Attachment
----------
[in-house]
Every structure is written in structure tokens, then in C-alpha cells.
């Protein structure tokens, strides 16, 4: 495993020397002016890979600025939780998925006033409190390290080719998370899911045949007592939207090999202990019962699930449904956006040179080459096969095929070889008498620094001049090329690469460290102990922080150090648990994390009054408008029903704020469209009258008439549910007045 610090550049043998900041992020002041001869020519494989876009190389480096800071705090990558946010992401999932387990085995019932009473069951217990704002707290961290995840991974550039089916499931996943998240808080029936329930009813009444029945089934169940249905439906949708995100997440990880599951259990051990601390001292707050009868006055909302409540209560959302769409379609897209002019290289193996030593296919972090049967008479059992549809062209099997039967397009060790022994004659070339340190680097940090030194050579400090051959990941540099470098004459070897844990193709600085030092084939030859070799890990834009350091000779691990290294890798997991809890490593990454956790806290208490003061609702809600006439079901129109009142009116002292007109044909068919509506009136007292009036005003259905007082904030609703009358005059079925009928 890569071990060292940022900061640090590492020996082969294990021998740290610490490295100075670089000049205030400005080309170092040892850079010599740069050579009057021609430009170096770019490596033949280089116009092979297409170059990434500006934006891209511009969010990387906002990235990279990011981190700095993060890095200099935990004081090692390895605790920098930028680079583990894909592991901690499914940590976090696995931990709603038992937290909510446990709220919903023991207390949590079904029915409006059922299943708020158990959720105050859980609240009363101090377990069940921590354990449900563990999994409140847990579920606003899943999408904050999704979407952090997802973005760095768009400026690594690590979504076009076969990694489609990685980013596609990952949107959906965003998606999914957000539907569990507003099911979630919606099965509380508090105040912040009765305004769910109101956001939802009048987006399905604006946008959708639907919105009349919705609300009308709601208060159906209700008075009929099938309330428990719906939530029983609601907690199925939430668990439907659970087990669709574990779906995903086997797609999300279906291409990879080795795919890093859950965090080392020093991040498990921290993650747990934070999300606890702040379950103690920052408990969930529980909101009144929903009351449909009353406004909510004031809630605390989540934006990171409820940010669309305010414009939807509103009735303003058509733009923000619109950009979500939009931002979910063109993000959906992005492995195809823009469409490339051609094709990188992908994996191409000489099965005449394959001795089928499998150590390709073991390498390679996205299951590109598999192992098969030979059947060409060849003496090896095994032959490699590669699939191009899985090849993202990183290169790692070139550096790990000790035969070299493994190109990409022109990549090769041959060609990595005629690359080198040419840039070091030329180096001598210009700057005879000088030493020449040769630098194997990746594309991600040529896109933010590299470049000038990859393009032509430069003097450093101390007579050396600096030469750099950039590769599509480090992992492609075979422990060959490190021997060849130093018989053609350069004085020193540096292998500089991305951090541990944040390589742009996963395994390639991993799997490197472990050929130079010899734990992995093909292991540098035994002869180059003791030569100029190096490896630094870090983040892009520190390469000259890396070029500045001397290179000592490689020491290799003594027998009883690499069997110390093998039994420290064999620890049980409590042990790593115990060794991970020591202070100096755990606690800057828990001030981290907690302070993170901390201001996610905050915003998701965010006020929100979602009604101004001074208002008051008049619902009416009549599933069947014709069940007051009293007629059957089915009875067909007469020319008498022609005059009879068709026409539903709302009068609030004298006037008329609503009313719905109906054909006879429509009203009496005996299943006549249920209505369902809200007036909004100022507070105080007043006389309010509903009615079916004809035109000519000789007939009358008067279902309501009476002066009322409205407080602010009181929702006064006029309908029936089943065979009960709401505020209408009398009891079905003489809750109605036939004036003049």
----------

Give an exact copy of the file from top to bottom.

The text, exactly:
[in-house]
Every structure is written in structure tokens, then in C-alpha cells.
């Protein structure tokens, strides 16, 4: 495993020397002016890979600025939780998925006033409190390290080719998370899911045949007592939207090999202990019962699930449904956006040179080459096969095929070889008498620094001049090329690469460290102990922080150090648990994390009054408008029903704020469209009258008439549910007045 610090550049043998900041992020002041001869020519494989876009190389480096800071705090990558946010992401999932387990085995019932009473069951217990704002707290961290995840991974550039089916499931996943998240808080029936329930009813009444029945089934169940249905439906949708995100997440990880599951259990051990601390001292707050009868006055909302409540209560959302769409379609897209002019290289193996030593296919972090049967008479059992549809062209099997039967397009060790022994004659070339340190680097940090030194050579400090051959990941540099470098004459070897844990193709600085030092084939030859070799890990834009350091000779691990290294890798997991809890490593990454956790806290208490003061609702809600006439079901129109009142009116002292007109044909068919509506009136007292009036005003259905007082904030609703009358005059079925009928 890569071990060292940022900061640090590492020996082969294990021998740290610490490295100075670089000049205030400005080309170092040892850079010599740069050579009057021609430009170096770019490596033949280089116009092979297409170059990434500006934006891209511009969010990387906002990235990279990011981190700095993060890095200099935990004081090692390895605790920098930028680079583990894909592991901690499914940590976090696995931990709603038992937290909510446990709220919903023991207390949590079904029915409006059922299943708020158990959720105050859980609240009363101090377990069940921590354990449900563990999994409140847990579920606003899943999408904050999704979407952090997802973005760095768009400026690594690590979504076009076969990694489609990685980013596609990952949107959906965003998606999914957000539907569990507003099911979630919606099965509380508090105040912040009765305004769910109101956001939802009048987006399905604006946008959708639907919105009349919705609300009308709601208060159906209700008075009929099938309330428990719906939530029983609601907690199925939430668990439907659970087990669709574990779906995903086997797609999300279906291409990879080795795919890093859950965090080392020093991040498990921290993650747990934070999300606890702040379950103690920052408990969930529980909101009144929903009351449909009353406004909510004031809630605390989540934006990171409820940010669309305010414009939807509103009735303003058509733009923000619109950009979500939009931002979910063109993000959906992005492995195809823009469409490339051609094709990188992908994996191409000489099965005449394959001795089928499998150590390709073991390498390679996205299951590109598999192992098969030979059947060409060849003496090896095994032959490699590669699939191009899985090849993202990183290169790692070139550096790990000790035969070299493994190109990409022109990549090769041959060609990595005629690359080198040419840039070091030329180096001598210009700057005879000088030493020449040769630098194997990746594309991600040529896109933010590299470049000038990859393009032509430069003097450093101390007579050396600096030469750099950039590769599509480090992992492609075979422990060959490190021997060849130093018989053609350069004085020193540096292998500089991305951090541990944040390589742009996963395994390639991993799997490197472990050929130079010899734990992995093909292991540098035994002869180059003791030569100029190096490896630094870090983040892009520190390469000259890396070029500045001397290179000592490689020491290799003594027998009883690499069997110390093998039994420290064999620890049980409590042990790593115990060794991970020591202070100096755990606690800057828990001030981290907690302070993170901390201001996610905050915003998701965010006020929100979602009604101004001074208002008051008049619902009416009549599933069947014709069940007051009293007629059957089915009875067909007469020319008498022609005059009879068709026409539903709302009068609030004298006037008329609503009313719905109906054909006879429509009203009496005996299943006549249920209505369902809200007036909004100022507070105080007043006389309010509903009615079916004809035109000519000789007939009358008067279902309501009476002066009322409205407080602010009181929702006064006029309908029936089943065979009960709401505020209408009398009891079905003489809750109605036939004036003049």